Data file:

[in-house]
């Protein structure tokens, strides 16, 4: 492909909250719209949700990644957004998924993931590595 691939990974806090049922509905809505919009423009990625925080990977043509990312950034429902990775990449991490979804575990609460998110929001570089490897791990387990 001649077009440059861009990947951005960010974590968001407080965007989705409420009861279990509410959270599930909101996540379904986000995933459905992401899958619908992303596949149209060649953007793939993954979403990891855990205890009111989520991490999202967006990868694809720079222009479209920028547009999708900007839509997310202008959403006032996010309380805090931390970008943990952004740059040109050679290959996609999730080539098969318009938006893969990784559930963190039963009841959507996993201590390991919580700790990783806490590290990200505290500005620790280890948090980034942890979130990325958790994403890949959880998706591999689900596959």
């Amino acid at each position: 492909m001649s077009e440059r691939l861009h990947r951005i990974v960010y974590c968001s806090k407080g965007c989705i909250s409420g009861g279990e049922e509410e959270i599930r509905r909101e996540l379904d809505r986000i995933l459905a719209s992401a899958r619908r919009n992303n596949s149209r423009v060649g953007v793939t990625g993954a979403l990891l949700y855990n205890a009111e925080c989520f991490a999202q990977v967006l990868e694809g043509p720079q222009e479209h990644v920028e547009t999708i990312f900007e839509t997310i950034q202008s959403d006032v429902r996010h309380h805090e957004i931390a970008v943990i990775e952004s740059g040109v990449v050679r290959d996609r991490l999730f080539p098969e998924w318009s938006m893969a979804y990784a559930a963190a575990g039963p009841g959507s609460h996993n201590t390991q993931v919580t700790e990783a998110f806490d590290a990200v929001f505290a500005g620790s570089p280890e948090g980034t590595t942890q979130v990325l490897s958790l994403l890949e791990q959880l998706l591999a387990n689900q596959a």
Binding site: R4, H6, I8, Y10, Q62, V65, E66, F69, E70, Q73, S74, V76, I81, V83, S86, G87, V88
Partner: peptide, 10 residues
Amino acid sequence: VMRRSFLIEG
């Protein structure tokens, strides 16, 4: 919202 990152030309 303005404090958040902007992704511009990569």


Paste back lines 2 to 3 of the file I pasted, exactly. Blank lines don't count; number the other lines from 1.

């Protein structure tokens, strides 16, 4: 492909909250719209949700990644957004998924993931590595 691939990974806090049922509905809505919009423009990625925080990977043509990312950034429902990775990449991490979804575990609460998110929001570089490897791990387990 001649077009440059861009990947951005960010974590968001407080965007989705409420009861279990509410959270599930909101996540379904986000995933459905992401899958619908992303596949149209060649953007793939993954979403990891855990205890009111989520991490999202967006990868694809720079222009479209920028547009999708900007839509997310202008959403006032996010309380805090931390970008943990952004740059040109050679290959996609999730080539098969318009938006893969990784559930963190039963009841959507996993201590390991919580700790990783806490590290990200505290500005620790280890948090980034942890979130990325958790994403890949959880998706591999689900596959």
């Amino acid at each position: 492909m001649s077009e440059r691939l861009h990947r951005i990974v960010y974590c968001s806090k407080g965007c989705i909250s409420g009861g279990e049922e509410e959270i599930r509905r909101e996540l379904d809505r986000i995933l459905a719209s992401a899958r619908r919009n992303n596949s149209r423009v060649g953007v793939t990625g993954a979403l990891l949700y855990n205890a009111e925080c989520f991490a999202q990977v967006l990868e694809g043509p720079q222009e479209h990644v920028e547009t999708i990312f900007e839509t997310i950034q202008s959403d006032v429902r996010h309380h805090e957004i931390a970008v943990i990775e952004s740059g040109v990449v050679r290959d996609r991490l999730f080539p098969e998924w318009s938006m893969a979804y990784a559930a963190a575990g039963p009841g959507s609460h996993n201590t390991q993931v919580t700790e990783a998110f806490d590290a990200v929001f505290a500005g620790s570089p280890e948090g980034t590595t942890q979130v990325l490897s958790l994403l890949e791990q959880l998706l591999a387990n689900q596959a």